I was thrilled to see this sequel because after I had read the first book in this series, I needed more of Duane and his friends.  I love the way that the author narrates the books and I really enjoy the characters.  It’s how the characters relate to one another, how they view themselves in their world and their own unique personalities that make these characters stand out.  You don’t need to have previously read the first book to enjoy this book in the series but I highly recommend that you read it because you’ll love it.

His winter slumber is over, as Duane walks out to find his friends and they bring him up-to-date on what he has missed.  Starving, the friends head down to the beach for a picnic.  They were a great, cheerful group of friends but now, a new face has arrived and he’s causing waves among the small group.   It seems that this weasel has a comment about everything and everyone.  They’re such a tight group of friends that, when one of them is affected by the weasel, the whole group is impacted.  That darn weasel!

There were some great moments in the book, moments that made me smile and laugh.  I loved how Duane removed the snow without using a shovel.  If only that would work in real life, I would love to be able to do that.  As I sit here now, in Iowa with over 14 inches of snow on the ground, I’m thinking I could roll myself a nice-sized fort.   The concern and the effort that the characters put forth for Duane and Boo was so sweet.   That’s what friends do for each other and they each did what they wanted and what they were capable of doing also.   I can’t wait to see how much Musk Ox changed, if any, when he returns back to the Very, Very Far North.   I was afraid that he was going to be gone for a while but I’m glad to see that he’s coming back shortly.  I enjoyed the letter he wrote.

This was a great sequel and I can’t wait to share it with my grandchildren when they get older.  It’d make a great read aloud or it’s a great chapter book. 

The Circus of Stolen Dreams by Lorelei Savaryn

5 stars Middle School/ YA

She just wasn’t ready so, when the Land of Dreams appeared, Andrea was more than ready to pay the price of admission.  Her price was: one of her dreams or a memory but what awaited her was, the opportunity to forget her troubles.  This was definitely a good deal, Andrea thought.  As the carnival specular surrounded her, Andrea tried to put the past 3 years behind her.

It had been 3 years since Andrea’s brother disappeared. Her parents have been moving forward and have decided to finally get rid of the rest of Francis’ possessions that have been boxed up and stacked in the garage.  Andrea just couldn’t deal with moving on without Francis.  When she came across Reverie, I think she was hoping that this might be the escape that she was looking for.

I was mesmerized by this novel.  I loved how Andrea fell for Reverie and it’s magic.  She befriended Penny, who shows Andrea how the Land of Dreams works. Penny has been at Reverie for a while so she knows everything about it.  It’s a magical journey as Andrea travels to Reverie searching for answers. I enjoyed the little twists in the story and the adventure that it took me on.  I enjoyed the character of Andrea as she had a huge heart and she was much stronger than she thought she was.  I really loved the love and the bonds that I felt in this book.  A fantastic book that I really enjoyed.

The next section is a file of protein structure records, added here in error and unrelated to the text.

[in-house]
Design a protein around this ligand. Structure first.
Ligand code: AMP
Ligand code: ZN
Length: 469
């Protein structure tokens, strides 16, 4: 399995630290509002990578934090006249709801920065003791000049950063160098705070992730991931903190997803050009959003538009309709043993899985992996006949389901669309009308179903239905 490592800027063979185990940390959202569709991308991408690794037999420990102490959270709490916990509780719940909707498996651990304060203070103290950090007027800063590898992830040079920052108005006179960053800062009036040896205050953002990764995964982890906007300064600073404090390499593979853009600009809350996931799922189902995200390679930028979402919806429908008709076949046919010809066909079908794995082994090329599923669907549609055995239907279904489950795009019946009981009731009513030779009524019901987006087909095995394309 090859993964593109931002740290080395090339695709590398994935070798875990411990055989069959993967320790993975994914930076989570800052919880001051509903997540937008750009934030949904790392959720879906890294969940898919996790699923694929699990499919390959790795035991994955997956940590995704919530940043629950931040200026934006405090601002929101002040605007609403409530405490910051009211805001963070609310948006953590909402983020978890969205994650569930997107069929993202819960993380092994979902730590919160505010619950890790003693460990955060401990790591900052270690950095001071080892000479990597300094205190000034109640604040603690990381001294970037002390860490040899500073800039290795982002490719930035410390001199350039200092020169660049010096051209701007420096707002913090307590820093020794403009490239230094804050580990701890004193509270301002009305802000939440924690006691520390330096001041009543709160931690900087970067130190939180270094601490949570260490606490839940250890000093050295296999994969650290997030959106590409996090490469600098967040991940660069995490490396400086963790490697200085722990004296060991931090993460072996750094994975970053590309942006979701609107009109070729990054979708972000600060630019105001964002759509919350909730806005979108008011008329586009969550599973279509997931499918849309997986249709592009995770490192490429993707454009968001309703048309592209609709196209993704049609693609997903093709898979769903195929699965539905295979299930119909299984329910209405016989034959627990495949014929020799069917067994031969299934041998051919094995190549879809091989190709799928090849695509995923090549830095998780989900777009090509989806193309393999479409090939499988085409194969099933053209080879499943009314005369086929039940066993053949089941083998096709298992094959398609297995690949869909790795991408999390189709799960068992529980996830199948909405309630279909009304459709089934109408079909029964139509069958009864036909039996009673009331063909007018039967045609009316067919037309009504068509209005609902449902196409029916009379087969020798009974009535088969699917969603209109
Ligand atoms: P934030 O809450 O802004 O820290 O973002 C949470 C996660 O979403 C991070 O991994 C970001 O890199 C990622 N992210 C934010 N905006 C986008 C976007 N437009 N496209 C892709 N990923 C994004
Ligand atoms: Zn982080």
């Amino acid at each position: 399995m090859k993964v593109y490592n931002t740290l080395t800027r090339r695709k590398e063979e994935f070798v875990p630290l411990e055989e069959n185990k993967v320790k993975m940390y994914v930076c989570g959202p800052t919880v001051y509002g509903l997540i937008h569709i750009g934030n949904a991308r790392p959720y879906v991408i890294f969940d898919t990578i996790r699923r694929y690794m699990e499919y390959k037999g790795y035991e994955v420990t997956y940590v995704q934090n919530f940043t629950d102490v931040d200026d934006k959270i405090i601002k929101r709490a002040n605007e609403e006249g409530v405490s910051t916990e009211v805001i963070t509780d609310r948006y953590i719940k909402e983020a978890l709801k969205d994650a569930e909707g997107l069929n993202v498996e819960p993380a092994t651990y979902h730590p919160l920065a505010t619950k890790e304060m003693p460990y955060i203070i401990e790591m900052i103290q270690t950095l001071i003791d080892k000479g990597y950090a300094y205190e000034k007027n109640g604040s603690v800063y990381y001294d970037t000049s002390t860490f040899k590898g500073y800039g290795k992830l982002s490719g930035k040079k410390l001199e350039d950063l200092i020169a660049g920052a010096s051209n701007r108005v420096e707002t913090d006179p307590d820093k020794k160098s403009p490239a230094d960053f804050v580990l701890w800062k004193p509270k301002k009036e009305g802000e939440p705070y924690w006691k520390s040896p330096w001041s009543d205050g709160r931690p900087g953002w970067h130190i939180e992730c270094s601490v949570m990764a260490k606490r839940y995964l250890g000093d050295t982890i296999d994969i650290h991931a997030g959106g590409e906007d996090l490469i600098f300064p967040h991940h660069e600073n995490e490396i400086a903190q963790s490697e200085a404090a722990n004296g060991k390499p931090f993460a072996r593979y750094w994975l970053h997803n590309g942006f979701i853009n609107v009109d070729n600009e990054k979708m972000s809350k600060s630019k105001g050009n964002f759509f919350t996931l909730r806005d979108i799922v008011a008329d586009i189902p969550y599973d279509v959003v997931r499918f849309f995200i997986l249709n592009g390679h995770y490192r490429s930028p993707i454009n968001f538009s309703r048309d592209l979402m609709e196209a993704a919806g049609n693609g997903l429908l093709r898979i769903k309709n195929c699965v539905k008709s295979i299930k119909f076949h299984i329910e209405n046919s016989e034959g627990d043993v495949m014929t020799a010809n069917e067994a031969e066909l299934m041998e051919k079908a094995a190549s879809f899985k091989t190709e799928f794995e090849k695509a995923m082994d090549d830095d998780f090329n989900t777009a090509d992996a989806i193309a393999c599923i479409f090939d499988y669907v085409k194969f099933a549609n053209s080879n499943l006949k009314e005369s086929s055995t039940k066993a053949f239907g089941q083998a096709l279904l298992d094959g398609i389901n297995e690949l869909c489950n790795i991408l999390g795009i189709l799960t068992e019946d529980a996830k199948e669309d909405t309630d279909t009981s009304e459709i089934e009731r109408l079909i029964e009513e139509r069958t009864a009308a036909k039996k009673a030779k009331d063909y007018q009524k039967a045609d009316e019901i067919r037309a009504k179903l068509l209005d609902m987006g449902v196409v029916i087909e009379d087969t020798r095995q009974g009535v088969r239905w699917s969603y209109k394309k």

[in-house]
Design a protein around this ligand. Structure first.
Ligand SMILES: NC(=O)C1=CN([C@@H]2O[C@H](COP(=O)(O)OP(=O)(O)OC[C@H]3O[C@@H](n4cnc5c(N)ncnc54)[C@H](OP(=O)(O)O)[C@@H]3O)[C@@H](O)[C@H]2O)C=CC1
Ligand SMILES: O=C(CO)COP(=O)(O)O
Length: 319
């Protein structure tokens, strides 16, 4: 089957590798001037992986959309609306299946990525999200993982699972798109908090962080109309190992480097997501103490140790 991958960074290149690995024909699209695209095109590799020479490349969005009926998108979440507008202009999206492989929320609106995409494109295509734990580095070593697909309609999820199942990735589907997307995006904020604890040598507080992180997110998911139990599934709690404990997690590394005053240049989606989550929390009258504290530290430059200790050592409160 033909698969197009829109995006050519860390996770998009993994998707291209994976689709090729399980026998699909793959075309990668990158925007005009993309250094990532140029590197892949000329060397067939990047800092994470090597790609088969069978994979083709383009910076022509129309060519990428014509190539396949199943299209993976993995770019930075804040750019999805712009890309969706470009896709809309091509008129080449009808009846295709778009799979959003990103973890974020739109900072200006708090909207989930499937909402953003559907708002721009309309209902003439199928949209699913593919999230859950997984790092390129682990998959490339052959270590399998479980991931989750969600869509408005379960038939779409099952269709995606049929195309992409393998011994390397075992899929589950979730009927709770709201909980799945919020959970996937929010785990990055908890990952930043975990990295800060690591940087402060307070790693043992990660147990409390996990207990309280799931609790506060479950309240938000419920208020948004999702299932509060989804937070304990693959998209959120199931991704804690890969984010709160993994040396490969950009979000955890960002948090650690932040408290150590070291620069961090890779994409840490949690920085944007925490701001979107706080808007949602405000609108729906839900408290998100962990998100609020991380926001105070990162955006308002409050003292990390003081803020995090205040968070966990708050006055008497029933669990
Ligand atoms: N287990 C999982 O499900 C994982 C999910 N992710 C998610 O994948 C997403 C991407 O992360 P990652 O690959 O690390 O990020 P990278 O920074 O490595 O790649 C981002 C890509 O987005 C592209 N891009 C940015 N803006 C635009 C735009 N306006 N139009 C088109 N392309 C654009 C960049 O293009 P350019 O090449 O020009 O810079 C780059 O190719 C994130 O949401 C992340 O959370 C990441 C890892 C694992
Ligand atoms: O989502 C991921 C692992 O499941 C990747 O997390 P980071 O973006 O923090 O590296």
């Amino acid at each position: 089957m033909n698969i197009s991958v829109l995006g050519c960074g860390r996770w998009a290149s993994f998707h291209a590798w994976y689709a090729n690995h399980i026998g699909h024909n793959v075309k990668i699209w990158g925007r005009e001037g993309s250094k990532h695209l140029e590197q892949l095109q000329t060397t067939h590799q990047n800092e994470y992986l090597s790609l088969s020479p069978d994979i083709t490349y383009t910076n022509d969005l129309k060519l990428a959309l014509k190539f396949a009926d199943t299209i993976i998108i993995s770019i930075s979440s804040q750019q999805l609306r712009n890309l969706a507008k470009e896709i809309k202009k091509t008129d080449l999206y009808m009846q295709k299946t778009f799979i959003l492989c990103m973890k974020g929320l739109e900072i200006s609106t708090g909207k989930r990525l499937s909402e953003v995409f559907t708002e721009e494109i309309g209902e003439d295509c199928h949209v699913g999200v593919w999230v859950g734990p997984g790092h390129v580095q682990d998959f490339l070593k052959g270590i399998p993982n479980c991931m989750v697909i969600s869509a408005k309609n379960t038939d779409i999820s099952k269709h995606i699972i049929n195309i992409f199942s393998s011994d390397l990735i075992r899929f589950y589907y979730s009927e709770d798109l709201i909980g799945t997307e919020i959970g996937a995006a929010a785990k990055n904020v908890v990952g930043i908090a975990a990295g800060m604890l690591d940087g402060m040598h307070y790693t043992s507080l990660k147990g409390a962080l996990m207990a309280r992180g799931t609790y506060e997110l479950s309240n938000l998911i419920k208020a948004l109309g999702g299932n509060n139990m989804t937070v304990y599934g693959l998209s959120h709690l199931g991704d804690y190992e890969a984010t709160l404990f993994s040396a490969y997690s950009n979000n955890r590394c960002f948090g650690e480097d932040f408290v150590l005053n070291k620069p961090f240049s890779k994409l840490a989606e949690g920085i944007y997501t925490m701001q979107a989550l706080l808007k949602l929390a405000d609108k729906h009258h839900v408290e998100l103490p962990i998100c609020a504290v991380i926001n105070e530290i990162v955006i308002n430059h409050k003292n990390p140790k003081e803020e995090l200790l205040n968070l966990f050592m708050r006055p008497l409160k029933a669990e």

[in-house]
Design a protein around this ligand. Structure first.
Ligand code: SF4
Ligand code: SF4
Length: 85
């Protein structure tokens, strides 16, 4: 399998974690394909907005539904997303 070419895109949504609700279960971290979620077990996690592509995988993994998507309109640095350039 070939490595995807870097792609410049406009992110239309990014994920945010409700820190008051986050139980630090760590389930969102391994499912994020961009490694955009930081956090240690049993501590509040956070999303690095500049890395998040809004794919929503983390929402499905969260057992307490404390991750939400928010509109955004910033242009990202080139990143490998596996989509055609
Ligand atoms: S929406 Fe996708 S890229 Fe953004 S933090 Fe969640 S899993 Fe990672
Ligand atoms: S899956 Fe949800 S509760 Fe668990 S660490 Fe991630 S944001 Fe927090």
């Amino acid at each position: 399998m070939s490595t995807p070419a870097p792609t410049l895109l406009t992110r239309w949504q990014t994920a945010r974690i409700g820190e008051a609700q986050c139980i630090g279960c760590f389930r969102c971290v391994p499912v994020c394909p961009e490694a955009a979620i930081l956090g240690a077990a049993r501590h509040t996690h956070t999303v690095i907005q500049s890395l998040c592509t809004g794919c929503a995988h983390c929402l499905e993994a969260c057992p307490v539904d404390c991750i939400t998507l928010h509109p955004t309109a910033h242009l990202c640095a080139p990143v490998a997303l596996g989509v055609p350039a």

“I ask the Sandman”

“To a land of dreams, in which I can play”

Escape This Book! Titanic by Bill Doyle

4.5 stars Middle School

I had to laugh when I opened up this book, as whoever had read this book from the library before me, had literally started to do the activities inside the book even though, it was a library book.  Inside the front cover, they had written “Please araus earese me.” As I started to read, I noticed this individual had did many of the activities on the pages of the book; they had drawn, folded, and even ripped inside the book, according to the directions. I understand their actions as this book is very interactive and as I read the text, I got very involved in the story. 

On page one of this book, you’re told to draw a face directly on the space provided, following the directions they provide.  Now, the story unfolds.  You have just drawn yourself trapped in this book (which is the Titanic) and soon, the Titanic will hit an iceberg and well, the boat floods with water and it’s not good.  The narrator in the book is looking for an assistant for a special mission but you have to escape out of this book first. He’s sent his pet gopher to see how you do since he can’t be there himself.  So, grab a pen/pencil and doodle, get destructive, and navigate your way out of this book to survive. 

I thought this book was really cute.  I liked how the author engages the reader inside the pages. Once you get onboard and accomplish a few challenges, you’ll get to decide what type of traveler you’ll want to be for the voyage: first, second, or third-class, crew member, or a stowaway. Each of these classes has a % of survival rate attached to it which will also affect the challenges you will have to do inside the book.  After you choose your path, you’ll learn what it was like being a traveler for that type of passenger on the Titanic. It’s great educational information, presented in a fun, entertaining manner.  I enjoyed the illustrations and the facts that are a part of this journey. During this journey, you’ll have to do a variety of tasks to survive and when things don’t work out, you’ll find yourself in the water.  Perhaps you’ll “sink below the surface, you wonder what would have happened if you had decided to …….”  “Return to page xxx to pick a different path!” OR if you’ll lucky, you just might be one who survives.